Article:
Windlab targets Sub-Saharan Africa wind projects in response to high investor appetite - Interview with CEO

09 Apr 2014

Global wind power developer Windlab is seeking project opportunities across new markets in Sub-Saharan Africa, the company’s CEO Roger Price told Clean Energy Pipeline in an interview.

Australia-based Windlab has a global development portfolio in excess of 7 GW spread over more than 40 projects, including a significant presence in South Africa, where it has taken two projects totalling a combined 230 MW to financial close. 

Price said the company now aims to target other African markets, where high demand for new electricity generation capacity represents an attractive opportunity for investment in wind, which is cost-competitive with other forms of energy in Africa. 

“We see very significant opportunities for wind in these markets,” he said. “We are well placed to identify the most financially viable sites and we have commenced a programme to do so. We are seeking to explore these opportunities in the next few years.” 

Windlab uses its own proprietary atmospheric modelling and wind energy assessment technology to locate geographical sites with high wind power output potential. It aims to search for potential sites across the entirety of Sub-Saharan Africa, but has already identified the east of the continent as a particularly promising area. 

“The entire eastern corridor from Zambia and Mozambique all the way up to Kenya has a very good wind resource,” said Price. “It is not as abundant as in the lower latitudes of South Africa, but we can identify more capacity than these countries have demand for.” 

Sub-Saharan Africa’s average electrification rate is about 30%, which guarantees continuous long-term demand for new generation capacity. The strength of this demand is counterbalancing the long-perceived sovereign risk surrounding investment in Africa and is attracting interest from international financial investors eager to enter new markets, according to Price. 

“There is increasing appetite for these sorts of assets away from traditional markets, particularly from US and European funds,” he said. “They are seeing some subsidy risk in established markets such as Spain or the on-again, off-again PTC situation in the US, and they recognise that in growth markets where you are meeting fundamental demand you are not subject to political risk that is attached to a subsidy framework. There might be more sovereign risk but there is less political risk.”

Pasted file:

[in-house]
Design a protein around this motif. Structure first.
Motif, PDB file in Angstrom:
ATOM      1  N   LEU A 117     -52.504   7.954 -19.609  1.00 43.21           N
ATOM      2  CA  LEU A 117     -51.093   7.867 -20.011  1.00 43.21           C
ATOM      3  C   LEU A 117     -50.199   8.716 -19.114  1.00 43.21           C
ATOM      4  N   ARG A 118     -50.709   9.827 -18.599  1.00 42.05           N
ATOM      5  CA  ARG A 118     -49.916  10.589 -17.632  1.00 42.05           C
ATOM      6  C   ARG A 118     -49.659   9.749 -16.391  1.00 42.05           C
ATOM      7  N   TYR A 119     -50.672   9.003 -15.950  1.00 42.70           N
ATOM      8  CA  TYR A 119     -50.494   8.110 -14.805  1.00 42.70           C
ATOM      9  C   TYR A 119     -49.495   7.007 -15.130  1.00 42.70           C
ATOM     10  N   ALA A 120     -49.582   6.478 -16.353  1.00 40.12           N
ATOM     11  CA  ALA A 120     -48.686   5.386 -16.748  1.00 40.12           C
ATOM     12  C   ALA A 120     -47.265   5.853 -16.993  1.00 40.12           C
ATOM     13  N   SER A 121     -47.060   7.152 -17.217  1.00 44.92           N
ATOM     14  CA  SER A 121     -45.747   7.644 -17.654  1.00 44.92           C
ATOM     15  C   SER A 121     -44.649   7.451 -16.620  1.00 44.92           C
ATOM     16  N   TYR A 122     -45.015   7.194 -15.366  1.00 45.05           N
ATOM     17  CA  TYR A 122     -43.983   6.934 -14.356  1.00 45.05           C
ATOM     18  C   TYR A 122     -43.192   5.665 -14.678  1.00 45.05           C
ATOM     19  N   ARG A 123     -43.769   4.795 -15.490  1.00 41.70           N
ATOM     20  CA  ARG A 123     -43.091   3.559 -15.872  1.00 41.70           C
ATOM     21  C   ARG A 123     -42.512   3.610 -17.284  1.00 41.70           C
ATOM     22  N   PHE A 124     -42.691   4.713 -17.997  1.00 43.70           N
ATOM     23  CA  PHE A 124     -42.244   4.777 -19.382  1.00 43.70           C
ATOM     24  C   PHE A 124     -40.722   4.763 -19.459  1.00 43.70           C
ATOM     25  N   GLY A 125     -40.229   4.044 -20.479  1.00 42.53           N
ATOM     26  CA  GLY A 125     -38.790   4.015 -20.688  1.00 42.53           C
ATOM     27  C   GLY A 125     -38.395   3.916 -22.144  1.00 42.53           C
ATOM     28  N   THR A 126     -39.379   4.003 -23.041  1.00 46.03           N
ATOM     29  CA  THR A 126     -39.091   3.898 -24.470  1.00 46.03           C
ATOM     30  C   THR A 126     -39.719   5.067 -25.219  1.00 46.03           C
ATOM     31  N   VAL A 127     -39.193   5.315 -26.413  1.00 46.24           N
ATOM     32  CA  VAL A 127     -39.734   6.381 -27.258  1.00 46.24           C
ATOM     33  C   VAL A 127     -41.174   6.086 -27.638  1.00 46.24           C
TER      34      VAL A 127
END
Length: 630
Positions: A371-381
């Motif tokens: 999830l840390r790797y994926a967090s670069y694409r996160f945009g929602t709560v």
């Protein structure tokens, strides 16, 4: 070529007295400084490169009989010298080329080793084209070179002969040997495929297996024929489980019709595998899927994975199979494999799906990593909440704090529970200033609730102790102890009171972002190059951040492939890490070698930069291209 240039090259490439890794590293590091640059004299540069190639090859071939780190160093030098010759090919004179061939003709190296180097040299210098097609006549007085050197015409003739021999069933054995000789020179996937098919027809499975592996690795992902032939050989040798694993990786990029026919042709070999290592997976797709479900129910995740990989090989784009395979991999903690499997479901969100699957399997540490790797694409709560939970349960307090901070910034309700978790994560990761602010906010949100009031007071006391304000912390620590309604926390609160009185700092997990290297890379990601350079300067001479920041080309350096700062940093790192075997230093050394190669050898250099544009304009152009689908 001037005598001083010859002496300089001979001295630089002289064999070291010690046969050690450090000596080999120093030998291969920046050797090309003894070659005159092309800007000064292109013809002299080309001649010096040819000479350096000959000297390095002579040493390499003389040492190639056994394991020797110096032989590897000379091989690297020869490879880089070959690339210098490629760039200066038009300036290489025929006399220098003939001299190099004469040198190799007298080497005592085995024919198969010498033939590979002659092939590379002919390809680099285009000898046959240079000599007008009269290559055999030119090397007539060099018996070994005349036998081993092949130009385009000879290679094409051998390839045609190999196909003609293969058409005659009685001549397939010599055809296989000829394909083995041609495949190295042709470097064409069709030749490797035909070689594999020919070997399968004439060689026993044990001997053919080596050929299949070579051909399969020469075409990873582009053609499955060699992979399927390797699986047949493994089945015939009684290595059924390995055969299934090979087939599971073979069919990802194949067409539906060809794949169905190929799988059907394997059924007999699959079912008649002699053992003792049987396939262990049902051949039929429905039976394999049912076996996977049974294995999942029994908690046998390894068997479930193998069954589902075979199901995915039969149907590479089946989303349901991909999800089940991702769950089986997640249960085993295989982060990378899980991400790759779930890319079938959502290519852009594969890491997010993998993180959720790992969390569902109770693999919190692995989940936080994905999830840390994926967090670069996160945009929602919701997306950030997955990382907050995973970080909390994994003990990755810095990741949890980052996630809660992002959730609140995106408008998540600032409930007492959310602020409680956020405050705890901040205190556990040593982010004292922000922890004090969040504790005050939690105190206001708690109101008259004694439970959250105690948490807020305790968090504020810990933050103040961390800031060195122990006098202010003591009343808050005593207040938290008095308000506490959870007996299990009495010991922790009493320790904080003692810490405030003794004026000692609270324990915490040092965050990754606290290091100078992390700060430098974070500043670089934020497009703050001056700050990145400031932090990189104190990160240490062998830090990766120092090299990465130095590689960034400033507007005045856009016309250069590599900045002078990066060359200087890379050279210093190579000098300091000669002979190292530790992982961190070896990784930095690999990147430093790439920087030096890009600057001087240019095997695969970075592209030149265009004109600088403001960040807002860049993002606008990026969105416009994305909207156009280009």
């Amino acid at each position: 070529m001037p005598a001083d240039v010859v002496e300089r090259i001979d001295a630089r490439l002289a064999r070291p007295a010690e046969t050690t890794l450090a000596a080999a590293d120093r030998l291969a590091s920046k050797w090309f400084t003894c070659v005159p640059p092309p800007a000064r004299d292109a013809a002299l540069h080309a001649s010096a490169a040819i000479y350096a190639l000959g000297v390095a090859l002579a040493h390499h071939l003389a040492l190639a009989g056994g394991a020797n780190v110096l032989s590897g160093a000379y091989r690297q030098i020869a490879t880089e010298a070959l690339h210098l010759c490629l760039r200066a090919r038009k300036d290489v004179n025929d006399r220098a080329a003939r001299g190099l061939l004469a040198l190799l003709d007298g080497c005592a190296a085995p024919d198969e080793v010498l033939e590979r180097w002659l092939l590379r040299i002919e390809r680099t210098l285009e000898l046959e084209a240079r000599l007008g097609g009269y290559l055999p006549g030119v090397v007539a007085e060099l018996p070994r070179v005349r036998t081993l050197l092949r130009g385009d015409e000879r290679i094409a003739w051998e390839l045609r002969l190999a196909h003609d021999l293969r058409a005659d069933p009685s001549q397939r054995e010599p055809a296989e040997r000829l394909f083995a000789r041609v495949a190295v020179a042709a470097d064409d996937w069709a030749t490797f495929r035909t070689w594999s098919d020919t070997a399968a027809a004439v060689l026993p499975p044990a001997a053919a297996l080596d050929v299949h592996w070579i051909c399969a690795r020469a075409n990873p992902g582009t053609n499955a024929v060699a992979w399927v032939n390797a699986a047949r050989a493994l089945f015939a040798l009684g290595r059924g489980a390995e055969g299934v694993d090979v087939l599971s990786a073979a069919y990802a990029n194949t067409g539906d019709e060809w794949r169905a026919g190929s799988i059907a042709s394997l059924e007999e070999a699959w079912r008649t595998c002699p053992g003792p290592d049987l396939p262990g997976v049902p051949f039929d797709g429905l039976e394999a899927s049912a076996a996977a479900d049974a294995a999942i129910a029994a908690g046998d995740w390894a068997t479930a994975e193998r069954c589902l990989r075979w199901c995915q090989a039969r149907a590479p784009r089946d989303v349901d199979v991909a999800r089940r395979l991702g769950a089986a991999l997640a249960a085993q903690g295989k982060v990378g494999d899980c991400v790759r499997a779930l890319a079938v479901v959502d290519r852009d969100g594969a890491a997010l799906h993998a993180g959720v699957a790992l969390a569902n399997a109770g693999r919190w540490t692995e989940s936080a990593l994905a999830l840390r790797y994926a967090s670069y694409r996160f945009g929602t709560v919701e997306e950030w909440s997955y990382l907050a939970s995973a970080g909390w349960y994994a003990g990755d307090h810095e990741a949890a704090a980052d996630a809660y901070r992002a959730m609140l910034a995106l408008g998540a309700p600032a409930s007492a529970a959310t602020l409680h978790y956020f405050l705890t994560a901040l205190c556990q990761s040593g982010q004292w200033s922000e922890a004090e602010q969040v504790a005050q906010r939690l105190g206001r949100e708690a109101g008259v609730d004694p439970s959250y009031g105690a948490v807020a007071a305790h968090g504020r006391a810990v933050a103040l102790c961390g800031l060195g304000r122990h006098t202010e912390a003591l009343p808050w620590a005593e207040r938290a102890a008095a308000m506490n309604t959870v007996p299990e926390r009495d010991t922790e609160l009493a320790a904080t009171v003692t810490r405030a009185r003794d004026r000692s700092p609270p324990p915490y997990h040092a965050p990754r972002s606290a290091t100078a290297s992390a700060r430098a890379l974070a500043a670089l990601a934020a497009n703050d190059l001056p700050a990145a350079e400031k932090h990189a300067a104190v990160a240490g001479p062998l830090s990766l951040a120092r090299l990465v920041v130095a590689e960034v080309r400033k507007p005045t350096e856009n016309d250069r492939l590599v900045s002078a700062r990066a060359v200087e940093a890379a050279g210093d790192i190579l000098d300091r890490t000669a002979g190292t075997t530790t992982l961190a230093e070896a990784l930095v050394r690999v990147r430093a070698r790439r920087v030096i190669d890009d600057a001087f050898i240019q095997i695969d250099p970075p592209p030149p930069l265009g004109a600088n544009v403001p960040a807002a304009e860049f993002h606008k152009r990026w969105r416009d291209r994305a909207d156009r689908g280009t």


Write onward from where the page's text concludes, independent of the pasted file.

Wind power development in Sub-Saharan Africa can be executed through a variety of avenues. Projects such as the Lake Turkana wind farm in Kenya and Sarreole wind farm in Senegal have secured privately negotiated power purchase agreements with state-owned utilities, while Price also believes some countries could possibly introduce reverse auction schemes similar to South Africa’s REIPPP programme. 

In addition, there are also significant opportunities for private PPAs with off-takers such as resource companies and mining operations. 

Windlab is in the early phase of its Sub-Saharan African expansion, but is confident it will expand quickly once it identifies its most promising locations. 

“We hope to have our first projects reaching financial close in the 2016/17 timeframe,” said Price. “We expect initial projects in these markets to be somewhat smaller than the South African wind farms, but still in the 50 to 100 MW range.” 

Although WIndlab is responding to increasing equity investment appetite for African wind, Price acknowledged that project debt financing from commercial banks is not currently easily accessible in Africa. 

However, he said that other financing sources, particularly multilateral support agencies, will increase the availability of debt for African wind projects. 

“I think there are an increasing number of opportunities in this market for debt financing,” said Price. “The US said it would make $8 billion available for electricity investments in Africa. These sorts of facilities could be used to backstop PPAs and provide guarantees and credit support for financing mechanisms. 

“There are also a number of export credit agencies around the world associated with turbine manufacturers who have the capability to support these projects.” 

Note: Original story was published on http://www.cleanenergypipeline.com. Ronan Murphy (the reporter) is available to contact about this article at ronan.murphy@vbresearch.com.